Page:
Posted By: Pierre Campana-Jourda | Oct. 8 2015
Here it comes! What’s your winter plan?
The Big Island is known to athletes as the home of the Kona Ironman World Championship. You’ll find triathletes from all over the world cycling along the long flat stretch of Queen Kamehameha Highway with the ocean glimmering to the east or west, depending which direction they are riding.
I’m no Ironman athlete; and before I rode on the Big Island during the winter of 2012, I considered myself athletically-inclined but a beginning- level rider. My biggest ride at that point was 30 miles with several hundred feet of climbing in and around Portland. As the head of sales for LifeCycle Adventures, it is a privilege and an essential part of my job to know and experience riding in the areas where we operate. I knew that the cycling in Hawaii would challenge me but with my experienced husband by my side and LifeCycle Adventures maps and directions, I felt assured that I would manage well enough.
Not only did I manage, but I conquered! I was so excited at the prospect of cycling in Hawaii and sunning my toes on the lanai while back in Portland Madame Winter blew through with artic temperatures, that I was the first one dressed, sunscreened, and ready to ride after each breakfast, much to my husband’s surprise and delight.
After a couple days of cycling some of the milder routes along the ocean and the lovely flat out-and-back from Hawi to Pololu Beach, I was ready to try my legs on Kohala Mountain, which would be the most challenging cycling I’d ever done. That morning I prepped myself with extra energy bars and an extra water bottle so that my efforts were supported with proper nutrition and hydration. After a beautiful breakfast at the secluded Hawaii Island Retreat, we were off. We started a 48-mile loop ride and I took my time, using all of my gears, stopping every now and again to drink water, eat a mango & cashew Tiki bar, and catch my breath. At the top of the climb, we took a picture at the green elevation sign indicating 3564 feet of climbing. I felt victorious! It was downhill after that into Waimea where we stopped for a burger at Village Burger – a local shop serving local beef from ranches around Waimea. The protein gave me the extra get-up-and-go to reverse the route back to Hawi.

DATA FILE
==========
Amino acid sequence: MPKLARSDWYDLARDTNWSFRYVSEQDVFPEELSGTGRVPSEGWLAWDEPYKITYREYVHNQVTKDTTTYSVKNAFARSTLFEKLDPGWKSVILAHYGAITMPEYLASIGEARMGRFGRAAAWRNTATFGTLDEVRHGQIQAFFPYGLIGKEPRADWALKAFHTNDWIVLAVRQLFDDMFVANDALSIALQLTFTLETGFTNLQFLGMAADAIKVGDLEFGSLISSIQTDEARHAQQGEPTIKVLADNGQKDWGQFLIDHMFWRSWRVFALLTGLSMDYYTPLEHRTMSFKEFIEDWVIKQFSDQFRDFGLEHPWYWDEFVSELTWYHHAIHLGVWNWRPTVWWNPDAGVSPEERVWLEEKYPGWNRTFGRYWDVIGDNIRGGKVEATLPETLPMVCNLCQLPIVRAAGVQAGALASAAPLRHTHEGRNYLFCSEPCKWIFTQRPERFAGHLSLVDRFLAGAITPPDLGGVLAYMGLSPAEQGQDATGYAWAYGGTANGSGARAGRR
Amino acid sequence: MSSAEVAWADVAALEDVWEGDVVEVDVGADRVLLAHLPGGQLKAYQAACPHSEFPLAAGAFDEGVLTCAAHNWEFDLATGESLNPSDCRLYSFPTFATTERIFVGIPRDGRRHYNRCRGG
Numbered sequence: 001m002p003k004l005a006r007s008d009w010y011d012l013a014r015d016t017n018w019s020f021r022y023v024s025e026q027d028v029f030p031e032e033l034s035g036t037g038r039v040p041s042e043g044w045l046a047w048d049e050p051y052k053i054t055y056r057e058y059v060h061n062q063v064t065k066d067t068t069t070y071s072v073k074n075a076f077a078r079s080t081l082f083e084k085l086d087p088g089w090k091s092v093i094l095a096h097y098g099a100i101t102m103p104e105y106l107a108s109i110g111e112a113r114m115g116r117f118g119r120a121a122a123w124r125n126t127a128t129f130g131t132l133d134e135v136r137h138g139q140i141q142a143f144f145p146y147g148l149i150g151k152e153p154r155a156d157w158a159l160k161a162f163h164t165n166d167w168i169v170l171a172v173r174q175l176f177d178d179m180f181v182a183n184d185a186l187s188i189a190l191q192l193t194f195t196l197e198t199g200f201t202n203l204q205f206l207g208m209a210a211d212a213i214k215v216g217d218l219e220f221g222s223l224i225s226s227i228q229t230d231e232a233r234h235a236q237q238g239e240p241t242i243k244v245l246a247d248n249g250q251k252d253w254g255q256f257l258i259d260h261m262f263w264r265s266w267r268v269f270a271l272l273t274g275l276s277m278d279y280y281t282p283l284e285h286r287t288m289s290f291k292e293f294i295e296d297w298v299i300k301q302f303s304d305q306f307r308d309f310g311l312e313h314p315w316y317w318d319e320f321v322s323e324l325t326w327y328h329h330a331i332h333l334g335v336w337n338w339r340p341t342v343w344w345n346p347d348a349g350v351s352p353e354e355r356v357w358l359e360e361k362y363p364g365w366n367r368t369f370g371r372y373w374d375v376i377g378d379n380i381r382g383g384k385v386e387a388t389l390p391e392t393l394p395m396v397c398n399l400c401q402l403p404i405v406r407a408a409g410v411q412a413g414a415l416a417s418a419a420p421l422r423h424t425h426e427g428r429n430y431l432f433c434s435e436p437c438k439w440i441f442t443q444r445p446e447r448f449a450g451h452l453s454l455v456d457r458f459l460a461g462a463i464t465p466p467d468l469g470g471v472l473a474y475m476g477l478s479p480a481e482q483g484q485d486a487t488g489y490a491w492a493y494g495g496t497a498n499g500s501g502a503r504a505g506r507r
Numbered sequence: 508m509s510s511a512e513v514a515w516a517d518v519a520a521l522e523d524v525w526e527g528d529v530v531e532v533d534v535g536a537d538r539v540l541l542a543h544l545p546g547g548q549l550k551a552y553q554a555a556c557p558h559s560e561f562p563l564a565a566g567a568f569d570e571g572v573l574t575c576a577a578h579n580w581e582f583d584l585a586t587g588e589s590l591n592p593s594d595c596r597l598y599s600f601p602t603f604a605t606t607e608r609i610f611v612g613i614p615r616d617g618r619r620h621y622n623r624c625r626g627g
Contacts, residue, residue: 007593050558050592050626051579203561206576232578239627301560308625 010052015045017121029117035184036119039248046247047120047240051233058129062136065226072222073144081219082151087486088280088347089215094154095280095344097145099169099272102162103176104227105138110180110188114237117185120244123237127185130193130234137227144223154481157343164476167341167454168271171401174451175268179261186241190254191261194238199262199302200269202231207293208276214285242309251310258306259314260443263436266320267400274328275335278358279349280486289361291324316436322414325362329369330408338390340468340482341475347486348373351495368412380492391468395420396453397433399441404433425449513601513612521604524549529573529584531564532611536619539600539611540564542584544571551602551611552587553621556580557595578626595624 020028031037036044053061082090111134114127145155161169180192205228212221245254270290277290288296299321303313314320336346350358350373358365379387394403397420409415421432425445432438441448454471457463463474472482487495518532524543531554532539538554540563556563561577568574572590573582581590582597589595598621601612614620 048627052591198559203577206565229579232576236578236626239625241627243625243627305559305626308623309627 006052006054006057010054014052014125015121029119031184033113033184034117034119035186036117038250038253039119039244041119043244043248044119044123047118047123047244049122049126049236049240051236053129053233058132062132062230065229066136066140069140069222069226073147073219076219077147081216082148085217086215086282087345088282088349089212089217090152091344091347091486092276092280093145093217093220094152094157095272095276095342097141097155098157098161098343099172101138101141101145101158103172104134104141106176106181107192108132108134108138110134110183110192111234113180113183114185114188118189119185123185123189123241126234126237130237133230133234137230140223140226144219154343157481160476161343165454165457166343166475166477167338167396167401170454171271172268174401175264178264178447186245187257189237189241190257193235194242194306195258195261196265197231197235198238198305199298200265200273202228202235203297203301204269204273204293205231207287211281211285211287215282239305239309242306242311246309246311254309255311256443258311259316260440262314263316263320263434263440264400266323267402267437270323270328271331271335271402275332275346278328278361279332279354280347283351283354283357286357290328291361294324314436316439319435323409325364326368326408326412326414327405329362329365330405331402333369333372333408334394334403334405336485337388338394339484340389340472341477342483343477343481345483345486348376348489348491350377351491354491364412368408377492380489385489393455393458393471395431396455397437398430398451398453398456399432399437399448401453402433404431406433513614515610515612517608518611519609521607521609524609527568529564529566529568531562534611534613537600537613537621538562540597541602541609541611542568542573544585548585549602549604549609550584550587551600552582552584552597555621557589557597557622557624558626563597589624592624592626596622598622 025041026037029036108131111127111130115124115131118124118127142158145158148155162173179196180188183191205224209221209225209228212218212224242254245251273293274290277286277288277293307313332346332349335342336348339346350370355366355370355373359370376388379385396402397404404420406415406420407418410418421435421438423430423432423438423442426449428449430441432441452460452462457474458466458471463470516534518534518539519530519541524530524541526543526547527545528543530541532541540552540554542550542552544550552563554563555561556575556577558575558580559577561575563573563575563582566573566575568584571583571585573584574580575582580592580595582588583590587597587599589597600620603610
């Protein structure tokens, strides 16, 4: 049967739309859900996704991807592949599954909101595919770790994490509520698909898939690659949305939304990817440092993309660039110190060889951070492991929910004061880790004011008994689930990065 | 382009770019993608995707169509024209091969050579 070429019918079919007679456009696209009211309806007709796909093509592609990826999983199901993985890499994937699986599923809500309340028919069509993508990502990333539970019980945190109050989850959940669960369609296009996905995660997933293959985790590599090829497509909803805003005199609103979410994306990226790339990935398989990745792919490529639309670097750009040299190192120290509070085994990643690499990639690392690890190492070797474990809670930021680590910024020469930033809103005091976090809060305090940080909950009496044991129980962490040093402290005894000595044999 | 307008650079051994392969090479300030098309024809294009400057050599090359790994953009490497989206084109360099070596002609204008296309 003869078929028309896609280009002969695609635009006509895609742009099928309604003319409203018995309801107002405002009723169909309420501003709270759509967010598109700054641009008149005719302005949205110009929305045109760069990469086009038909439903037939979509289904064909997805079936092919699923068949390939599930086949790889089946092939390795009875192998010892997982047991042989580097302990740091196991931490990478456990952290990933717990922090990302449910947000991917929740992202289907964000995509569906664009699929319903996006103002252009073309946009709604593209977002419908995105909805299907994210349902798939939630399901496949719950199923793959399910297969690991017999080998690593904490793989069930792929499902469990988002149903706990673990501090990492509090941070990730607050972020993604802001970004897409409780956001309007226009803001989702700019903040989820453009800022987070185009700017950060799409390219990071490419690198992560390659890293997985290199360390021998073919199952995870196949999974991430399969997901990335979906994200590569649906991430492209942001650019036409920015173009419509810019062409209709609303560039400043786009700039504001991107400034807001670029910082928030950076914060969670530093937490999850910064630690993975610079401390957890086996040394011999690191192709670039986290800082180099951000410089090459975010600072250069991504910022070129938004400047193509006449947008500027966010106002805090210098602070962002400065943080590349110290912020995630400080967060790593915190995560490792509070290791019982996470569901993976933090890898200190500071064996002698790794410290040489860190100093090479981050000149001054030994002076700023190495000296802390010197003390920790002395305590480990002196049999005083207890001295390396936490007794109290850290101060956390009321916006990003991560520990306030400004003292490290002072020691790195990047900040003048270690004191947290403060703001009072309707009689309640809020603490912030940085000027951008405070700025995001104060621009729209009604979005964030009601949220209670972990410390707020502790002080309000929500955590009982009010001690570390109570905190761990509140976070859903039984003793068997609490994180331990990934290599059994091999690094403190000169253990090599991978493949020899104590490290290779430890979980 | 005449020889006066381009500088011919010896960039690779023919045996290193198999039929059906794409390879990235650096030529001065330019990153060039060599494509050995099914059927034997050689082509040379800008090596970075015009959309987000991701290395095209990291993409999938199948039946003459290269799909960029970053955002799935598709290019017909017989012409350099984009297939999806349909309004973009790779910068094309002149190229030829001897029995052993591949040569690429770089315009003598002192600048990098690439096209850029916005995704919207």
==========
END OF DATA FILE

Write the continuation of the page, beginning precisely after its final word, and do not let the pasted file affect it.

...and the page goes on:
After that triumphant loop, I felt like I launched myself from beginning to intermediate-level rider. I found that I was capable of much more than I had thought. If you are an experienced rider, cycling on the Big Island of Hawaii is a do-not-miss adventure. If you are a less experienced rider seeking to take your riding to the next level, Hawaii is the perfect place to do it.